Alexander’s future with Diamonds unclear
NETBALL Australia chief executive Marne Fechner admits it is "premature" to say whether coach Lisa Alexander will continue to lead the Diamonds beyond 2020 towards the two next major tournaments.
Fechner said she had yet to speak with Alexander about her future following the Diamonds' heartbreaking one-goal loss to the Silver Ferns at the netball World Cup last month.
Alexander's contract was extended last year until the end of 2020 when she will become the Diamonds' longest-serving coach.
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The 2015 World Cup-winning coach also has an option to extend the contract for a further two years that would take her up to the 2022 Commonwealth Games in Birmingham.
Fechner said Alexander would be a key part of a review in the team's World Cup campaign - conducted as a matter of course after every major event - and discussions about her contract would be held at the "right time".
"Lisa has been on leave and we have had no conversations in relation to her contract or whether it's going to be extended or not extended," Fechner said.
"Our focus is really on completing the review, which Lisa is a key part of, and our next milestone event (Constellation Cup against New Zealand).
"There will be the right time for that conversation, but that date hasn't been set.
"I think it's premature to be pre-empting anything in relation to that and there will be the right time and the right place and the right process around that.
"With respect to the team and Lisa we need to go through what we need to go through in terms of understanding what happened and that's going to take a couple of months to do."
Alexander conceded her position could be under pressure after the Diamonds stumbled at the final hurdle at a major event for the second consecutive year. The Diamonds also lost the Commonwealth Games final to England on the Gold Coast last year.
"Netball Australia expects success and one of the things I'm judged on is benchmark events," Alexander said after the World Cup loss.
Fechner said a review into the World Cup performance would be part of a wider review being conducted at the end of the team's four-year high-performance cycle.
"While a silver medal is not what we went to Liverpool for and the entire program is hurting as a result of that, we are really proud of the team," Fechner said.
"We do a review after every campaign … there is no special review because we lost by one goal and we've lost twice.
"There will be a review. It will be thorough, they take around three to four months to collect all the data and conduct all of the interviews and that will really inform and feed into a much broader review that's happening at the moment because we are at the end of a four-year cycle.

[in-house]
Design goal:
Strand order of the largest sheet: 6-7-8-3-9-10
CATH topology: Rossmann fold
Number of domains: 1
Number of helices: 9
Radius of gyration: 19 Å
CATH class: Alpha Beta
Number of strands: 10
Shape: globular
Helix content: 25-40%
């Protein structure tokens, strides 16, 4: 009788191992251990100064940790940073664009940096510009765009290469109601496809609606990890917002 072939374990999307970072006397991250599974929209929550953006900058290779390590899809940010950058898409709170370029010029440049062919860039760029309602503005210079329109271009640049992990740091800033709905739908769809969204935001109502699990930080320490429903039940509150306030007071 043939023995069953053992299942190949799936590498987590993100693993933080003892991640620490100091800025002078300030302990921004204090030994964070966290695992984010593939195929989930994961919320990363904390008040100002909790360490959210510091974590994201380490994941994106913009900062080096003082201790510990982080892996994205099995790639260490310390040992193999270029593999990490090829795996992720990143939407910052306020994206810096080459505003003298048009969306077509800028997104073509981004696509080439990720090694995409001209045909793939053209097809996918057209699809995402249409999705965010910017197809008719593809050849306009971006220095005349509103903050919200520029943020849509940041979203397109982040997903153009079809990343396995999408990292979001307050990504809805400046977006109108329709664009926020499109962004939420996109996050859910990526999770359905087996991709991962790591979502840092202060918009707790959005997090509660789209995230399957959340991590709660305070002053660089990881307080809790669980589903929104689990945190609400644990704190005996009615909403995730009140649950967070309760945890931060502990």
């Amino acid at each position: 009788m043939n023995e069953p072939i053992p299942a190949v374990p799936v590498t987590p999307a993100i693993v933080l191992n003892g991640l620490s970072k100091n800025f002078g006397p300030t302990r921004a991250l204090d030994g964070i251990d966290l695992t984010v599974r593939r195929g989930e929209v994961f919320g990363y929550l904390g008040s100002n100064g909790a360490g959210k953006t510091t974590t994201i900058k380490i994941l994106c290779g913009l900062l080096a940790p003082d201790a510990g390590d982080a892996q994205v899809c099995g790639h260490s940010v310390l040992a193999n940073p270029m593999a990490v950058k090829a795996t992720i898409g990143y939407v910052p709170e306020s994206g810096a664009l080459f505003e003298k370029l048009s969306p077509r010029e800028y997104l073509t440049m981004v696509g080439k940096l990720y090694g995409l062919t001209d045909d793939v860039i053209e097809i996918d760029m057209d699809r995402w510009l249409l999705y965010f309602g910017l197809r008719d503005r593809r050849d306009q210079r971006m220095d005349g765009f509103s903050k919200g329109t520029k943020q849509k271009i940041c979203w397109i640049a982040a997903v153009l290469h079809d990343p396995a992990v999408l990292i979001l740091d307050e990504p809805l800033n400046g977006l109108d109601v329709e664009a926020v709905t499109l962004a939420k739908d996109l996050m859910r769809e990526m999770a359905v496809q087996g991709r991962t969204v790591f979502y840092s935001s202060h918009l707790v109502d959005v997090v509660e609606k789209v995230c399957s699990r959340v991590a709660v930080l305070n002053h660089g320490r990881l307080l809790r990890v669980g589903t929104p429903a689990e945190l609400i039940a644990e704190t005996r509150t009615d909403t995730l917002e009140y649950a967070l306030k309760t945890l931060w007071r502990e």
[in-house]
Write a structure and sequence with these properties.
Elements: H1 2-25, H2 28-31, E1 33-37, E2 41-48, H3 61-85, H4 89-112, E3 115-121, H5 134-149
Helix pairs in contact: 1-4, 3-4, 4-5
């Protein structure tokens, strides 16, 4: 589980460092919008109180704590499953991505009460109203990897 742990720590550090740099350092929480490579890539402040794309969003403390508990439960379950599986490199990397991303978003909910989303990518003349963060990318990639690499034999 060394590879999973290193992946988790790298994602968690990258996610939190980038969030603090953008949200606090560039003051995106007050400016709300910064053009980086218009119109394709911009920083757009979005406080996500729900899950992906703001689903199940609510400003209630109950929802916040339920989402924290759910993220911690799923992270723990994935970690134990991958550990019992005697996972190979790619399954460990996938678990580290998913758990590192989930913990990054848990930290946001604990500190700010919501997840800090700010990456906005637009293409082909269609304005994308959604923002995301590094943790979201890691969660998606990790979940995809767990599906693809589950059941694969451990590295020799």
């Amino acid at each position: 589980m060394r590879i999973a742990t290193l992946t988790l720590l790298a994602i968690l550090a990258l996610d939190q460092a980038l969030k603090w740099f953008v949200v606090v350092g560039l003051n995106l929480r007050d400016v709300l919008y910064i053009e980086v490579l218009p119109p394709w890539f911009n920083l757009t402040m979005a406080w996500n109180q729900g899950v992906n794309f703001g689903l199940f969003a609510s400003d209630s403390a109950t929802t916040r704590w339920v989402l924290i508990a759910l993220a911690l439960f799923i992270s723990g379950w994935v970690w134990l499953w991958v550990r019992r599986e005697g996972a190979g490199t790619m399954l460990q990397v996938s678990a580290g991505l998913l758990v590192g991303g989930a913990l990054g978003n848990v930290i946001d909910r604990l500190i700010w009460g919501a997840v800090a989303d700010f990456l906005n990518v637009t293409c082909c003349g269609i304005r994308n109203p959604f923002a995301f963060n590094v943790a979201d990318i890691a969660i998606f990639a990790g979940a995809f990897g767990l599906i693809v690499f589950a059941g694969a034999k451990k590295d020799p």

"The review is going to look at all elements of it; the preparation of the team on and off the court, how it integrated with the Super Netball program and these are all really important conversations for us to have."
PUSH FOR INTERNATIONAL NETBALL WINDOW
Australian netball chiefs are leading a push for a designated six-month window for international netball with the sport's world governing body.
Fechner has revealed discussions have been held with the International Netball Federation (INF) to find a way to give the world's top domestic leagues and international events their own exclusive space on the netball calendar.
The move comes after Australia's Super Netball competition - considered to be the world's premier domestic league - was forced to break for a month mid-season for the Liverpool World Cup last month.
It's a clash Fechner was eager to avoid in the future and raised the issue with the international federation during the World Cup.
"What we are working on with the international federation - and it's a conversation that has involved and is open to all international members - is around how do we actually designate a period of say six months for international content and a period of six months for domestic content," Fechner said.
"So around the world the major leagues that are starting to emerge and have prominance that they can have a designated space to operate in.
"I think that that's an ideal scenario. It's a complex conversation to have globally when there is a broad range of things that impact on when netball is played."
The push for designated windows for domestic and international netball would require the world's top competitions - Super Netball, New Zealand's ANZ Premiership and England's Superleague - working in unison.
Fechner acknowledged there would be competing interests that would make the move difficult, but believed it would be the best outcome for the sport internationally.
"I think it would be easier for the sport to actually manage the competing needs of athletes, the competing needs of countries, commercial agreements all of those types of things that actually play into the pressure that we put on our system," Fechner said.